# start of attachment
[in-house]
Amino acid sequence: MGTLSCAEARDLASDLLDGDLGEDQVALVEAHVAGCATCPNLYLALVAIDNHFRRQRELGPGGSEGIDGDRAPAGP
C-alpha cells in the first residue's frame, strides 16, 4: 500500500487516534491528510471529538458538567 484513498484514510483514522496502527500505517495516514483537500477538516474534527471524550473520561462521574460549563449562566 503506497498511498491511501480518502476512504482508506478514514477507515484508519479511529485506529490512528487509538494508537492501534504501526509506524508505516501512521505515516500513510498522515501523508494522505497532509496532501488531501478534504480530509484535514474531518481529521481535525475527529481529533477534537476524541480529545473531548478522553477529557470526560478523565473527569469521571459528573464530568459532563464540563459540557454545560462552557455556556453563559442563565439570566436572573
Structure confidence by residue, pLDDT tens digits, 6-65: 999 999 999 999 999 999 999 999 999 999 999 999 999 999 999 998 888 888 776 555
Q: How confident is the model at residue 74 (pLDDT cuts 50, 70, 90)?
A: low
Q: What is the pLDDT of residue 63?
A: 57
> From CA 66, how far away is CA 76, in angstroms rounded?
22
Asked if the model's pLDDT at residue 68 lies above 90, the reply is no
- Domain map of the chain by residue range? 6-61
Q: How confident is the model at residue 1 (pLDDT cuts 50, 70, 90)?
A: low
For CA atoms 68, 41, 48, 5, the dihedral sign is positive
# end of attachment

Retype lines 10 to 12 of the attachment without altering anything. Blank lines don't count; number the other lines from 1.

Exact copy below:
22
Asked if the model's pLDDT at residue 68 lies above 90, the reply is no
- Domain map of the chain by residue range? 6-61